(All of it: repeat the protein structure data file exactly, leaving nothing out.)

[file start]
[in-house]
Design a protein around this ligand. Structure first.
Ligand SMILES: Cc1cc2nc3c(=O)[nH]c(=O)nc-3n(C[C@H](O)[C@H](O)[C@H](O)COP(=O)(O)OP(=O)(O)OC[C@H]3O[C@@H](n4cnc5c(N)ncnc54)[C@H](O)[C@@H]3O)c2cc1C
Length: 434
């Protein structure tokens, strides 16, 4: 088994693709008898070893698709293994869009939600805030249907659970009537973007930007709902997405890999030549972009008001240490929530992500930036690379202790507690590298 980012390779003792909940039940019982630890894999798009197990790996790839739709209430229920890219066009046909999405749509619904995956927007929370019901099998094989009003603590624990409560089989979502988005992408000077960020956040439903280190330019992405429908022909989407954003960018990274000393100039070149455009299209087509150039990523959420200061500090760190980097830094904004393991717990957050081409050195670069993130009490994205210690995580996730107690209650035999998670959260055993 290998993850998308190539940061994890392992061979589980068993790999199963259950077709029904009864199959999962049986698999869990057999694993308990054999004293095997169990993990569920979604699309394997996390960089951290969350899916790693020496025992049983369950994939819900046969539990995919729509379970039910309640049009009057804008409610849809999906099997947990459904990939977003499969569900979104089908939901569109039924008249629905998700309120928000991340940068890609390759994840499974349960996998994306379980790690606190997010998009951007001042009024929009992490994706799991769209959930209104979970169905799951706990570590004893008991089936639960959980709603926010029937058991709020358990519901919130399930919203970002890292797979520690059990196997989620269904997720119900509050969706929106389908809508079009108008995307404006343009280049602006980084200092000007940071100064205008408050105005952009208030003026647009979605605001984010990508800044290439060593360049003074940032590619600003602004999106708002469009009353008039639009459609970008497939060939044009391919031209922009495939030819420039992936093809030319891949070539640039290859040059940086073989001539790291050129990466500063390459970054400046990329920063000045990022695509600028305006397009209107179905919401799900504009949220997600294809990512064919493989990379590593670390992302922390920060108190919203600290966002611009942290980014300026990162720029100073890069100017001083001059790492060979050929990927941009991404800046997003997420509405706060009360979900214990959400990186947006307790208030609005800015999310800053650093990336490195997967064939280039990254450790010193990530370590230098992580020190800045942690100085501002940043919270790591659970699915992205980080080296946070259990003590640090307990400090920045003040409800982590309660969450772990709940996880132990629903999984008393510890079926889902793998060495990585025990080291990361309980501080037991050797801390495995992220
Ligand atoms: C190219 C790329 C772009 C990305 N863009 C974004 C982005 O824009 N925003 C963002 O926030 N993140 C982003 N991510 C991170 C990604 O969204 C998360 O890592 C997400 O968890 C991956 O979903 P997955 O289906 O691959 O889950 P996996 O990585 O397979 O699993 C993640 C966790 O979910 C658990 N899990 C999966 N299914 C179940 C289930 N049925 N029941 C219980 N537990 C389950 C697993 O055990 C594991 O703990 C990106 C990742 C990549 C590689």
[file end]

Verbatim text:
[in-house]
Design a protein around this ligand. Structure first.
Ligand SMILES: Cc1cc2nc3c(=O)[nH]c(=O)nc-3n(C[C@H](O)[C@H](O)[C@H](O)COP(=O)(O)OP(=O)(O)OC[C@H]3O[C@@H](n4cnc5c(N)ncnc54)[C@H](O)[C@@H]3O)c2cc1C
Length: 434
């Protein structure tokens, strides 16, 4: 088994693709008898070893698709293994869009939600805030249907659970009537973007930007709902997405890999030549972009008001240490929530992500930036690379202790507690590298 980012390779003792909940039940019982630890894999798009197990790996790839739709209430229920890219066009046909999405749509619904995956927007929370019901099998094989009003603590624990409560089989979502988005992408000077960020956040439903280190330019992405429908022909989407954003960018990274000393100039070149455009299209087509150039990523959420200061500090760190980097830094904004393991717990957050081409050195670069993130009490994205210690995580996730107690209650035999998670959260055993 290998993850998308190539940061994890392992061979589980068993790999199963259950077709029904009864199959999962049986698999869990057999694993308990054999004293095997169990993990569920979604699309394997996390960089951290969350899916790693020496025992049983369950994939819900046969539990995919729509379970039910309640049009009057804008409610849809999906099997947990459904990939977003499969569900979104089908939901569109039924008249629905998700309120928000991340940068890609390759994840499974349960996998994306379980790690606190997010998009951007001042009024929009992490994706799991769209959930209104979970169905799951706990570590004893008991089936639960959980709603926010029937058991709020358990519901919130399930919203970002890292797979520690059990196997989620269904997720119900509050969706929106389908809508079009108008995307404006343009280049602006980084200092000007940071100064205008408050105005952009208030003026647009979605605001984010990508800044290439060593360049003074940032590619600003602004999106708002469009009353008039639009459609970008497939060939044009391919031209922009495939030819420039992936093809030319891949070539640039290859040059940086073989001539790291050129990466500063390459970054400046990329920063000045990022695509600028305006397009209107179905919401799900504009949220997600294809990512064919493989990379590593670390992302922390920060108190919203600290966002611009942290980014300026990162720029100073890069100017001083001059790492060979050929990927941009991404800046997003997420509405706060009360979900214990959400990186947006307790208030609005800015999310800053650093990336490195997967064939280039990254450790010193990530370590230098992580020190800045942690100085501002940043919270790591659970699915992205980080080296946070259990003590640090307990400090920045003040409800982590309660969450772990709940996880132990629903999984008393510890079926889902793998060495990585025990080291990361309980501080037991050797801390495995992220
Ligand atoms: C190219 C790329 C772009 C990305 N863009 C974004 C982005 O824009 N925003 C963002 O926030 N993140 C982003 N991510 C991170 C990604 O969204 C998360 O890592 C997400 O968890 C991956 O979903 P997955 O289906 O691959 O889950 P996996 O990585 O397979 O699993 C993640 C966790 O979910 C658990 N899990 C999966 N299914 C179940 C289930 N049925 N029941 C219980 N537990 C389950 C697993 O055990 C594991 O703990 C990106 C990742 C990549 C590689």